Athletics: Fun, sun and running - it's our big day

By Peter Thornton

The annual 8.4km Round the Bays Run attracts up to 70,000 participants, ranging from experienced athletes to people out for a good time.  Photo / Natalie Slade
The annual 8.4km Round the Bays Run attracts up to 70,000 participants, ranging from experienced athletes to people out for a good time. Photo / Natalie Slade

It's the day where Auckland comes out to run. The Round the Bays run is New Zealand's largest mass participation sporting event.

It attracts 42,000 registered runners, and a total of more than 70,000 take part in the run that dates back to 1972.

"It is a true celebration of Auckland," said organiser Elizabeth Leitch from Pants Events.

"It's one of Auckland's iconic events, and almost a rite of passage to take part in Round the Bays at least once. We are expecting more than 70,000 to take part on the day and hope to encourage more to officially register - around 30,000 don't officially register or pay. We're really encouraging people to register, as the proceeds go to children's charities."

Each year four to six charities receive donations from the race of about $120,000.

The 8.4km run, sponsored by Ports of Auckland, winds around the bays from Auckland City to Vellenoweth Green in St Heliers and is a real leveller. It attracts business teams, with everyone from the factory floor to the CEO's office taking part in the race.

More than 80 per cent of participants do the run as part of a team.

Athletes of all abilities and ages take part, and is it a great day for the community. Last year, participants ranged from babies pushed in prams to 200 people aged over 75.

"With an easy, flat course along the stunning Auckland waterfront, it's an achievable distance for most people," said Leitch.

That ethos of including everyone will please its founders who created the event more than 40 years ago. The Round the Bays was initiated by the Auckland Joggers Club in 1972.

The first run attracted 1200 participants and started at the Auckland Town Hall, going down Queen St and along to St Heliers.

Running historian Garth Gilmour said it was one of the first "fun-runs" in the world and became the inspiration for other runs around the world.

The original 1200 field swelled in three years to 5000, in four to 12,000 and kept growing until about 80,000, nearly half of whom were unofficial runners, took part in 1982.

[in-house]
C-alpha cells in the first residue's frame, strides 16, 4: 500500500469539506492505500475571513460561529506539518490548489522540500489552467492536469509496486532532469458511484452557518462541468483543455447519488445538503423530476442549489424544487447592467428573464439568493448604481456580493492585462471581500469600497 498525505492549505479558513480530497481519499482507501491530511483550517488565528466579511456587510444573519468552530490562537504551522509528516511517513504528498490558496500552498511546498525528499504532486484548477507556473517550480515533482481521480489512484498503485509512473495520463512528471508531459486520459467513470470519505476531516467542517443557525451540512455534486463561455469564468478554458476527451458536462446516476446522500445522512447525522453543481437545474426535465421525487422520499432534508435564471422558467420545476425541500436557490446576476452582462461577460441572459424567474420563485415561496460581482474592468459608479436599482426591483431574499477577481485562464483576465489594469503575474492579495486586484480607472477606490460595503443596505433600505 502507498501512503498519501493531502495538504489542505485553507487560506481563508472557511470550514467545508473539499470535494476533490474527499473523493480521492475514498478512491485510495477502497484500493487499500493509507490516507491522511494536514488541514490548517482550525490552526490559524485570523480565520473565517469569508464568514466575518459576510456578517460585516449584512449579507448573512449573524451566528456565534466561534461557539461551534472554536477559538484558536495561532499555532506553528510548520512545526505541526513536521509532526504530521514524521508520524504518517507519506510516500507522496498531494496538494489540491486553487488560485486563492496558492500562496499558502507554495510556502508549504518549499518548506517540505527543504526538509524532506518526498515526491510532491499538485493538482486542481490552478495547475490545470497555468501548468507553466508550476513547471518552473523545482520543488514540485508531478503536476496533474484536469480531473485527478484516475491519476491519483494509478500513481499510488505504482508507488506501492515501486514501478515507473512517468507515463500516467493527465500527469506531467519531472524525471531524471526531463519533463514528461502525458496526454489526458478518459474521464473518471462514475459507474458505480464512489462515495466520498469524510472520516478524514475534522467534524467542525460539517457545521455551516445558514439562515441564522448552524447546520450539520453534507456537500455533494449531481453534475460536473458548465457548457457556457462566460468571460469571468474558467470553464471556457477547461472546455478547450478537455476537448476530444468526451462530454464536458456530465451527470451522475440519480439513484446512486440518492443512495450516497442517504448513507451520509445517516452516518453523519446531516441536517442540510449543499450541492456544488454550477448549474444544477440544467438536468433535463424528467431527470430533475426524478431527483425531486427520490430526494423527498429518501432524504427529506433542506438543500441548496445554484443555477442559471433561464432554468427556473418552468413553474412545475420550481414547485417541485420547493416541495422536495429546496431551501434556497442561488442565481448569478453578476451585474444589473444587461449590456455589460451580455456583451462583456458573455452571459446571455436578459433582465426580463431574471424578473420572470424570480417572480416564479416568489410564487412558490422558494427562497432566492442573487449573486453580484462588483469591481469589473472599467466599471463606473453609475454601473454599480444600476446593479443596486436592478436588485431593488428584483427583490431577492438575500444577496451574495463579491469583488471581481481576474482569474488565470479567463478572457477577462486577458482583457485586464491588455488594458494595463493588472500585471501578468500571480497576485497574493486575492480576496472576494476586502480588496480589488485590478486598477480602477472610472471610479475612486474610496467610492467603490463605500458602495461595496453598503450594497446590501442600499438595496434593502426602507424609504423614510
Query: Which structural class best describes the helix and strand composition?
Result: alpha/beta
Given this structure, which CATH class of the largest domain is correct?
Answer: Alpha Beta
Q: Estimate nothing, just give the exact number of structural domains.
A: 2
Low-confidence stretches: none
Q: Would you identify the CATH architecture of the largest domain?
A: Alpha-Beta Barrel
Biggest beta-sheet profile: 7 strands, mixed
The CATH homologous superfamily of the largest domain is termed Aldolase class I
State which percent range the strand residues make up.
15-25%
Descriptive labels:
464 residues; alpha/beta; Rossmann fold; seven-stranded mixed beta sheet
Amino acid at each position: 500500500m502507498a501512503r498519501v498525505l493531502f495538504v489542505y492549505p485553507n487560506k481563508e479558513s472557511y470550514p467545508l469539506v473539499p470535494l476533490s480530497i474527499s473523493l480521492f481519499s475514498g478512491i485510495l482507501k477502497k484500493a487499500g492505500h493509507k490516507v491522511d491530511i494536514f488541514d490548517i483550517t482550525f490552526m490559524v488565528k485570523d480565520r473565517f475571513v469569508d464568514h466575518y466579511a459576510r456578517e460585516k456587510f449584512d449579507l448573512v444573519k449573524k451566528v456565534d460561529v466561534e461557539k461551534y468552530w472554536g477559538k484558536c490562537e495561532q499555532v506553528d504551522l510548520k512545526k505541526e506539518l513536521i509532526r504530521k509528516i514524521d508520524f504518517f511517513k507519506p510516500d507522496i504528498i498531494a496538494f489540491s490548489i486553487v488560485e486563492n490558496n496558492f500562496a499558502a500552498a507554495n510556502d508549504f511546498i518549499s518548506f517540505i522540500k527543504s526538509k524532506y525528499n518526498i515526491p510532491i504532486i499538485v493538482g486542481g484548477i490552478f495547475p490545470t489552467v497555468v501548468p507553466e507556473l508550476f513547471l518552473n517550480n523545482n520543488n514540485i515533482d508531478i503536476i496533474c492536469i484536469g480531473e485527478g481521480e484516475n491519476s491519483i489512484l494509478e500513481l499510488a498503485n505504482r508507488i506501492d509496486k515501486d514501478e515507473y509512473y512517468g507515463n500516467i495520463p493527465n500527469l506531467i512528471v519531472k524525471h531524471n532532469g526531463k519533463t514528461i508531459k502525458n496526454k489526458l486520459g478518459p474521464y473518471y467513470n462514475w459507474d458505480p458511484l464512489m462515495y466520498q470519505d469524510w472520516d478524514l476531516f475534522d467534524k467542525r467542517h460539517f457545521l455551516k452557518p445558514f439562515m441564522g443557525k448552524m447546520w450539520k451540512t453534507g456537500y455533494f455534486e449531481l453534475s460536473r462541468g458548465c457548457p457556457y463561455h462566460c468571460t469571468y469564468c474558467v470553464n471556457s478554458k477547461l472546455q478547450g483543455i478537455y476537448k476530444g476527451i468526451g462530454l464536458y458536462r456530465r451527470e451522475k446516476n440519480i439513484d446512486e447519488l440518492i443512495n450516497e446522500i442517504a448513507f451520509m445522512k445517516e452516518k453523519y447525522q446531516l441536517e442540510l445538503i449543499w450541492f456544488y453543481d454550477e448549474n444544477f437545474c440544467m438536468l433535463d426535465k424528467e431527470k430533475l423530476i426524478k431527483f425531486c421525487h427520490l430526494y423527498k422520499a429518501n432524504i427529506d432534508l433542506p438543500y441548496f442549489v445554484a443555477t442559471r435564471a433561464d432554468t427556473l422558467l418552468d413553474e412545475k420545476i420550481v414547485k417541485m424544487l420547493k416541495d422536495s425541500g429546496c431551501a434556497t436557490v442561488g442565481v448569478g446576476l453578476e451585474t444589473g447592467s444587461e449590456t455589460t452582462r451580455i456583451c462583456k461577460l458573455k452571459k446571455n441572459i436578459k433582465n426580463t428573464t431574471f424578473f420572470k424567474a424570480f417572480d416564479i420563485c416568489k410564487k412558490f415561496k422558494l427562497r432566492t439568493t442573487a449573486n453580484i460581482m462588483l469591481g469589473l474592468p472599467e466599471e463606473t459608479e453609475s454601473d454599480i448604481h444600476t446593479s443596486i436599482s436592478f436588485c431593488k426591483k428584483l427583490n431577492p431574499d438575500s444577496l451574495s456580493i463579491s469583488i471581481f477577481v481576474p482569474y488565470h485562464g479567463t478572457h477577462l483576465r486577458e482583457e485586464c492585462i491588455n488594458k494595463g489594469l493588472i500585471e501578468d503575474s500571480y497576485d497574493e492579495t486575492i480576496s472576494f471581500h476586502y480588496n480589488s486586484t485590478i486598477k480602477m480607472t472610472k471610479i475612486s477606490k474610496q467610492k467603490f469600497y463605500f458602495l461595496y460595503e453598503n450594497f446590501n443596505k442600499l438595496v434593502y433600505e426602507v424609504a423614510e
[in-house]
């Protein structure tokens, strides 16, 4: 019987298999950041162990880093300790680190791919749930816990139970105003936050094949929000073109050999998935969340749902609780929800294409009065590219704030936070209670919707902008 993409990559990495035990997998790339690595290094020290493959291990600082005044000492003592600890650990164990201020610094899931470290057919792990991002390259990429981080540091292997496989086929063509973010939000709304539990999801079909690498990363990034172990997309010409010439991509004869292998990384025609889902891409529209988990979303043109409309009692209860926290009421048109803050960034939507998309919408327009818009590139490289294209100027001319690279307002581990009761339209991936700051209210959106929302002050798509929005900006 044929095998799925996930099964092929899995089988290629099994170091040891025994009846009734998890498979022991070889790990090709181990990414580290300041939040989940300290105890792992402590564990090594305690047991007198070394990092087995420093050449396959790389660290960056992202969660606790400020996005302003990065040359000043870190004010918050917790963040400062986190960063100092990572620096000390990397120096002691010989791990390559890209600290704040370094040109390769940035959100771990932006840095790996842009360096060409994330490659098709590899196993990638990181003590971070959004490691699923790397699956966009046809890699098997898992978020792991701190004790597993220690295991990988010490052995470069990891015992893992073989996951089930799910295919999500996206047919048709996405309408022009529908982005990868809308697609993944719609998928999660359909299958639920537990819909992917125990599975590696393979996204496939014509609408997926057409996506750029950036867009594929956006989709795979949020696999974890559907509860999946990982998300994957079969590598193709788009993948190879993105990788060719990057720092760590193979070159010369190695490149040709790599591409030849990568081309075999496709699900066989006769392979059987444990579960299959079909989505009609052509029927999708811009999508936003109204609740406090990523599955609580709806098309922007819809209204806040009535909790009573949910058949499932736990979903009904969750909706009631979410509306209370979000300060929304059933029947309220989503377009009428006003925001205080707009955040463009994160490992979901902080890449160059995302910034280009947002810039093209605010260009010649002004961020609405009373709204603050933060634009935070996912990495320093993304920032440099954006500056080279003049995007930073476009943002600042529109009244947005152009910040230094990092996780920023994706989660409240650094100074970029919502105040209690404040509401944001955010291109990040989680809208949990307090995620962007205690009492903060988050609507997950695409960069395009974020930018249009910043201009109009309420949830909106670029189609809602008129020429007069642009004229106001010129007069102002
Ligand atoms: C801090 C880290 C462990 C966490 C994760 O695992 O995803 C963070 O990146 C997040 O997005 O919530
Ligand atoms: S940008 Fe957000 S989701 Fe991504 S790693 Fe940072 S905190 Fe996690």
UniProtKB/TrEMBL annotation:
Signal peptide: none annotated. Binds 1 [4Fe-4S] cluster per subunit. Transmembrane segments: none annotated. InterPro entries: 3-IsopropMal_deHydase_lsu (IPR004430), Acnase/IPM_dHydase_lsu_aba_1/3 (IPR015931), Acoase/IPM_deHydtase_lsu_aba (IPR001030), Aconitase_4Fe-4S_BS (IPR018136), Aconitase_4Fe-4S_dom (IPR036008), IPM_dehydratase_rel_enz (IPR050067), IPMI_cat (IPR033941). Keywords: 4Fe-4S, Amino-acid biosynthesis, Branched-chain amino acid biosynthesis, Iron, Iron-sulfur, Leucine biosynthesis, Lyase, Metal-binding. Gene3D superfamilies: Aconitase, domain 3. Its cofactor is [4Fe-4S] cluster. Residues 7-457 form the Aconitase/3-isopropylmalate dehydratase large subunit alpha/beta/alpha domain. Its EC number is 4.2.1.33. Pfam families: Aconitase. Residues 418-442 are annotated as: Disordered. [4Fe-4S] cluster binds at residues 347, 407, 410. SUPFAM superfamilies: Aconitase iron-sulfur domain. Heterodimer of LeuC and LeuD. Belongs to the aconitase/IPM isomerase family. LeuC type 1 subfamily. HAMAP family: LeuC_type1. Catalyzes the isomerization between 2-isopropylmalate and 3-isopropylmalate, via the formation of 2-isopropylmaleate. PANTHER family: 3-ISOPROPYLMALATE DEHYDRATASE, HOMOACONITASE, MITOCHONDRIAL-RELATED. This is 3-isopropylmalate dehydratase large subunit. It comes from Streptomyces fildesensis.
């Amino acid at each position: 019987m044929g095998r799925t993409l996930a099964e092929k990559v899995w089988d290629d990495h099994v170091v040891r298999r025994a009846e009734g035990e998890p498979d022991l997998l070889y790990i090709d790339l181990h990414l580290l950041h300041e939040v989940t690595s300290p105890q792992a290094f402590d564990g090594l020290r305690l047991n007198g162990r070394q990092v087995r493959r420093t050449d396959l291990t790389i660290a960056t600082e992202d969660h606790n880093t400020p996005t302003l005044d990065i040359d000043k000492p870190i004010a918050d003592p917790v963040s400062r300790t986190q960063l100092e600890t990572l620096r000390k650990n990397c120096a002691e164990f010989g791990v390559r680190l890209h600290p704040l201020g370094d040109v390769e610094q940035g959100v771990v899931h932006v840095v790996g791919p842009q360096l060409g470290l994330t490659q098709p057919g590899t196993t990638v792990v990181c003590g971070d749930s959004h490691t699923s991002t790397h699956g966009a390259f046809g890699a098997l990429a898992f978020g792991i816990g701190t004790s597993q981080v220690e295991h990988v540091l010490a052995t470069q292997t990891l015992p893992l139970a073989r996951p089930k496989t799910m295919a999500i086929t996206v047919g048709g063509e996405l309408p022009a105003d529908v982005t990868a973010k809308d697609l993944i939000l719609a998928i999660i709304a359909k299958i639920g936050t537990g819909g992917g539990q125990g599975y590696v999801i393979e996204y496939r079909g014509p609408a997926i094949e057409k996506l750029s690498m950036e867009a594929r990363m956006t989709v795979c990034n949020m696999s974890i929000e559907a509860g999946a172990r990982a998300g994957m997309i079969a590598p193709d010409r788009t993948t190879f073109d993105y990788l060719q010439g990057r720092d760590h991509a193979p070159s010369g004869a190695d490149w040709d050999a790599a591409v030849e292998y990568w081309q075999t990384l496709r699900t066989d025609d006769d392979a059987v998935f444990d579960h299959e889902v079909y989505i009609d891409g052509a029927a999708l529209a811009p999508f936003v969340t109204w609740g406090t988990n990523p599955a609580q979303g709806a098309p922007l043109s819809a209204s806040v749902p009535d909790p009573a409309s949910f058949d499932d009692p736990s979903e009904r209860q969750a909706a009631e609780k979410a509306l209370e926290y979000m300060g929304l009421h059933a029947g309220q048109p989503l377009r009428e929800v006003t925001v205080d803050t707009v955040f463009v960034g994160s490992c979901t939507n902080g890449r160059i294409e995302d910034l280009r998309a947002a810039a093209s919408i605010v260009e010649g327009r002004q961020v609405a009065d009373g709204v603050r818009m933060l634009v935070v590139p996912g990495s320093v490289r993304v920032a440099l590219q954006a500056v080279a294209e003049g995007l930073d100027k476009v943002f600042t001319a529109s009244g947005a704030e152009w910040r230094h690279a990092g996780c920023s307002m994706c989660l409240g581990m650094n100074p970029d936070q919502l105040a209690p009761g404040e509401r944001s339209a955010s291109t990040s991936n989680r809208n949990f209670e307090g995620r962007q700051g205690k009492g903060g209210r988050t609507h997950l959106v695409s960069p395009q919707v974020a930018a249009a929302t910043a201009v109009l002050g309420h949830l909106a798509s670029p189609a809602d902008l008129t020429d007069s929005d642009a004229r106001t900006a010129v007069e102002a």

Leitch has a couple of standout memories of the event.

"One year Hamish Carter turned up, ran and won easily. It was as if he'd been out for a long training run and tacked Round the Bays on the end - he was so relaxed.

"The other, who epitomises a lot of what I love about this event, was the late Raymond Glasgow. He was 95 when he took part in 2008, and had participated enthusiastically for many years. Seeing him alongside his son and grandson is a special memory," Leitch says.

Organising the event is a huge task for the team in charge.

"The biggest challenge is there are no dress rehearsals, we have one chance to get it right on the day," says Leitch.

The sheer scale of the event is shown by the 18km of traffic signs, 222 portable toilets and 100,000 cups required.

Ports of Auckland chief executive officer, Tony Gibson says Round the Bays is a day for Aucklanders to celebrate their harbour and waterfront.

"Auckland's port has been an iconic part of the city's waterfront for over 100 years, and we're proud to again be the principal sponsor of this fantastic Auckland event.

"Round the Bays is the perfect way for businesses to enjoy themselves while supporting outstanding projects. From the smallest office to the biggest corporate - each can select a great charity or project that they feel a particular affinity with and have fun while doing it."

What advice do organisers have for people running the Round the Bays for the first time?

Leitch: "Drink plenty of water, take it easy and most of all have fun. If you haven't done much training, don't overdo it - just go at your own pace and enjoy the people-watching.

"There is plenty to see and do along the route. Most of all, have fun. There is a lot to see along the way, including giant sprinklers, hot dog stands, and some great costumes."

Round the Bays

Date: Sunday, March 10
Time: 9.30am
Start: Quay St, next to Vector Arena between Tinley St and the Strand overbridge (no public access via the overbridge)
Finish: Vellenoweth Green, St Heliers Bay
Distance: 8.4km
Cost: Adults $15 Children (age 6-16) $10. Free entry for children 5 and under.
Late registrations: Available until 9am on the day.

- NZ Herald

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